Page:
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New Jersey Division of Youth and Family Services v. T.L.B

May 24, 2012

NEW JERSEY DIVISION OF YOUTH AND FAMILY SERVICES, PLAINTIFF-RESPONDENT,
v.
T.L.B., DEFENDANT-APPELLANT.
IN THE MATTER OF THE GUARDIANSHIP OF S.B. AND I.B., MINORS.



On appeal from the Superior Court of New Jersey, Chancery Division, Family Part, Essex County, Docket No. FG-07-151-10.

Per curiam.

RECORD IMPOUNDED

NOT FOR PUBLICATION WITHOUT THE APPROVAL OF THE APPELLATE DIVISION

Submitted March 6, 2012

Before Judges Yannotti, Kennedy and Guadagno.

Defendant T.L.B. appeals from the February 9, 2011 Family Part order that terminated her parental rights to two of her children, S.B. (Sally) and I.B. (Isaac).*fn1 The father of the children, D.H., was also subject to the order terminating parental rights but he does not appeal. T.L.B. argues that the Division of Youth and Family Services (DYFS or the Division) failed to establish by clear and convincing evidence the four criteria for terminating parental rights set forth in N.J.S.A. 30:4C-15.1(a). We agree with the trial judge that DYFS clearly and convincingly established all of the statutory prongs. Accordingly, we affirm.

I.

T.L.B. and D.H. are the parents of nine children. Their parental rights to the seven oldest children, with birth dates ranging from 1996 to 2007, were terminated on September 9, 2008, by a judgment of guardianship after default. The two youngest children of T.L.B. and D.H., Isaac and Sally, are the subject of this appeal. Because the factors which led the trial court to terminate T.L.B.'s parental rights to Isaac and Sally are intertwined with the parent's history of involvement with the Division, we briefly review that history here.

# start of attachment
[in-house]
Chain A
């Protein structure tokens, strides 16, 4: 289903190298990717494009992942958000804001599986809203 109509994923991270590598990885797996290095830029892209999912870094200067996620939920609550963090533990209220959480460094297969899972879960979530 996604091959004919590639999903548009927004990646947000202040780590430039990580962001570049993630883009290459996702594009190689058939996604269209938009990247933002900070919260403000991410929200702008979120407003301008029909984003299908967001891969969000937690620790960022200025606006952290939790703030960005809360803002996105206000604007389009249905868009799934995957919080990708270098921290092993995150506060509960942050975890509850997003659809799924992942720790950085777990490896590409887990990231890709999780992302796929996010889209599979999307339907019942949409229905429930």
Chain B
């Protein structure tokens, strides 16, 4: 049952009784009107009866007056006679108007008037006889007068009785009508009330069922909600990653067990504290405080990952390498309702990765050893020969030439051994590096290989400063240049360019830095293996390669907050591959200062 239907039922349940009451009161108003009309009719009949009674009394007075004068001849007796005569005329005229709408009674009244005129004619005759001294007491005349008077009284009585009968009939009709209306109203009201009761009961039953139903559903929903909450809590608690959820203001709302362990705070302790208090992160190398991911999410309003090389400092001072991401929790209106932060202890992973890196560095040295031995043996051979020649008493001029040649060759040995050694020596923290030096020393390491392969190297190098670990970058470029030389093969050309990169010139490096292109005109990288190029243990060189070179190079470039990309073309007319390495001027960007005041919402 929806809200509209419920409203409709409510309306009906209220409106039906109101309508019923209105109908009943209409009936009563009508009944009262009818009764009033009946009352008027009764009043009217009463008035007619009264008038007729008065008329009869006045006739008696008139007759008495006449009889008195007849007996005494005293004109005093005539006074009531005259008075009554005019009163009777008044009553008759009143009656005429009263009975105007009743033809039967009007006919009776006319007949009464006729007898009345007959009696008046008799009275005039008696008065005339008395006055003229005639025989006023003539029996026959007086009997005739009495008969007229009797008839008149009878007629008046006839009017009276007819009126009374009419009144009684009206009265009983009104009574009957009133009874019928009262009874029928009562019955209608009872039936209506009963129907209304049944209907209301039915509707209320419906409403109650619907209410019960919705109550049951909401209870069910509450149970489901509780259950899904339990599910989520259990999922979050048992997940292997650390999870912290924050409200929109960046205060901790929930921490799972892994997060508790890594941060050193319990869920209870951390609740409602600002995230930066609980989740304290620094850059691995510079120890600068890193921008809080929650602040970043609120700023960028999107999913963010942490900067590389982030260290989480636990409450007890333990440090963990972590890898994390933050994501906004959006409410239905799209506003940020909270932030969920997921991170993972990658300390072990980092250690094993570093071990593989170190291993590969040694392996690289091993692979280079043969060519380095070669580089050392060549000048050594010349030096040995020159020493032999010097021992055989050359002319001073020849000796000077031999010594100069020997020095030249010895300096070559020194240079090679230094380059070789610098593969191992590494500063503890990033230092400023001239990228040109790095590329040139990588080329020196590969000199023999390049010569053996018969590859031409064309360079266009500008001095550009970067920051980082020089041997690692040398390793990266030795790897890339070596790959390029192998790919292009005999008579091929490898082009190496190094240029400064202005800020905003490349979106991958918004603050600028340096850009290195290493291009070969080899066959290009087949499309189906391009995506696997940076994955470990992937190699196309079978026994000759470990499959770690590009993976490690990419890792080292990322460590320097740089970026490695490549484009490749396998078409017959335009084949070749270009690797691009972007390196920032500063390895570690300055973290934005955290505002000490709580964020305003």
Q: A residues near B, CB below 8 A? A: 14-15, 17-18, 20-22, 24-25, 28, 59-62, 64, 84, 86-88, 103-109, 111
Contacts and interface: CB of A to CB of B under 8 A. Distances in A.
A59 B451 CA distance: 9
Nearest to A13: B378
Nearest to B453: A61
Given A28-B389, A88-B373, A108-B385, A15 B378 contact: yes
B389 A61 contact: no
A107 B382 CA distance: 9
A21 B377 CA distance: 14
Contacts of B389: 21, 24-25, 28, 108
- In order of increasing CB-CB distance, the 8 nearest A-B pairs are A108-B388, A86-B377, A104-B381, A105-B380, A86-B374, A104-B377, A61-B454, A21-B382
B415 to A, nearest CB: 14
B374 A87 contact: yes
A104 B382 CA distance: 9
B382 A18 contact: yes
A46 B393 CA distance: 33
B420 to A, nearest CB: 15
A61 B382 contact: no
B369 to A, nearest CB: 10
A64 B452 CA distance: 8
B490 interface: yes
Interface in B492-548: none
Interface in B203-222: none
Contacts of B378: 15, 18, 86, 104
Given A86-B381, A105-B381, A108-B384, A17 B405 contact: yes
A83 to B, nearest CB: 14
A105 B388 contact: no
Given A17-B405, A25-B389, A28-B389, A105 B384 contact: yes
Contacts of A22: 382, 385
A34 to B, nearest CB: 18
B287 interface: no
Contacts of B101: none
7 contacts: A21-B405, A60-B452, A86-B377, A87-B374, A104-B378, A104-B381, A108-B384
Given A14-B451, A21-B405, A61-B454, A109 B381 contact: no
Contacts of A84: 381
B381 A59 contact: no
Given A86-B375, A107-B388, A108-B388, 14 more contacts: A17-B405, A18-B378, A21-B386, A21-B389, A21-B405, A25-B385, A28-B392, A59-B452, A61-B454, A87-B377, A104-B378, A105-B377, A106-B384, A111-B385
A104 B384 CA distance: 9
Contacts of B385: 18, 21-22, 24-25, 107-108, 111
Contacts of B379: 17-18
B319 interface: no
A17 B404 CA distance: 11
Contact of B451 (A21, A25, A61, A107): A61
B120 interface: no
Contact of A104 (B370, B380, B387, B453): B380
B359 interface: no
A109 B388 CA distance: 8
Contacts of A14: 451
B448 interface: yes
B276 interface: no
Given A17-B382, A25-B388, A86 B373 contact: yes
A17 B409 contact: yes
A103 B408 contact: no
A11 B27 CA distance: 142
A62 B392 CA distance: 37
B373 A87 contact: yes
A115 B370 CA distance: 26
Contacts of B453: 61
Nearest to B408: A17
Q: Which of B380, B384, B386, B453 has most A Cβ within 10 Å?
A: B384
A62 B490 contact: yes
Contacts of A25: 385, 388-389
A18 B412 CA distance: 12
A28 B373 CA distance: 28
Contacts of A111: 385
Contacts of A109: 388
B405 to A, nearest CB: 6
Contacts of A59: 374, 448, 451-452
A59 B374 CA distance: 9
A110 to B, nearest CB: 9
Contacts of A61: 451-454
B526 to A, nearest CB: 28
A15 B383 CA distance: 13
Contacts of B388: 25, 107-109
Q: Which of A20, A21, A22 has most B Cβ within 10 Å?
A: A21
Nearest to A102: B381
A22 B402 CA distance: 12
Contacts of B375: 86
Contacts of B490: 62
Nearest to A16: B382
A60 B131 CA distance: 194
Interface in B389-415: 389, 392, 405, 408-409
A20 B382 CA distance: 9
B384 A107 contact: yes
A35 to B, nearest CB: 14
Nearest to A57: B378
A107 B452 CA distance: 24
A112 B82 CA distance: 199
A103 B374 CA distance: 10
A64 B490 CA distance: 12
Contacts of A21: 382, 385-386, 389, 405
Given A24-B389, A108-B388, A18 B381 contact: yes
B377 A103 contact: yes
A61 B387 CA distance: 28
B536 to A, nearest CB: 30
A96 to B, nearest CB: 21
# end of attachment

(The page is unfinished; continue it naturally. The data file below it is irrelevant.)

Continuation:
The Division's involvement with T.L.B. and D.H. started in October 2000. At that time, their second child suffered a fractured arm and leg and the Division investigated and substantiated physical abuse by D.H. The court ordered that the children be placed in the legal custody of the Division and directed that the children not be left unsupervised with D.H. The court also ordered T.L.B. and D.H. to undergo psychological evaluations and to take parenting classes. After both parents missed scheduled evaluations, the court ordered the children to be placed with a relative.

The children were returned to T.L.B. in January 2001, after she agreed to begin parenting classes. The Division also assisted by providing daycare and a home health aide.

The Division received six subsequent referrals regarding T.L.B., D.H., and their children in 2004 and 2005. These referrals arose from excessive school absences, signs of physical abuse and lack of proper nutrition. In November 2004, the Division substantiated an allegation of neglect based upon T.L.B.'s failure to pick up one of her children from school despite the child's high fever. The referent also asserted that the children walked to and from school unattended across railroad tracks, arrived late and rarely brought lunch with them.

The Division subsequently filed for and was granted care and supervision of T.L.B.'s children on November 22, 2005. At that time, T.L.B. signed a case plan whereby the Division would assist with daycare and T.L.B. would submit to a psychological evaluation.

In early 2006, T.L.B.'s caseworker noticed the home was unclean, that the children were unkempt, and that defendant had left one of her children, a two-year old, unattended in the bathtub. Further, T.L.B. had admitted she had not taken the children to a pediatrician since 2004. T.L.B. claimed that her home was only dirty "when the Division visited" and that she had no intention of taking the children to a doctor.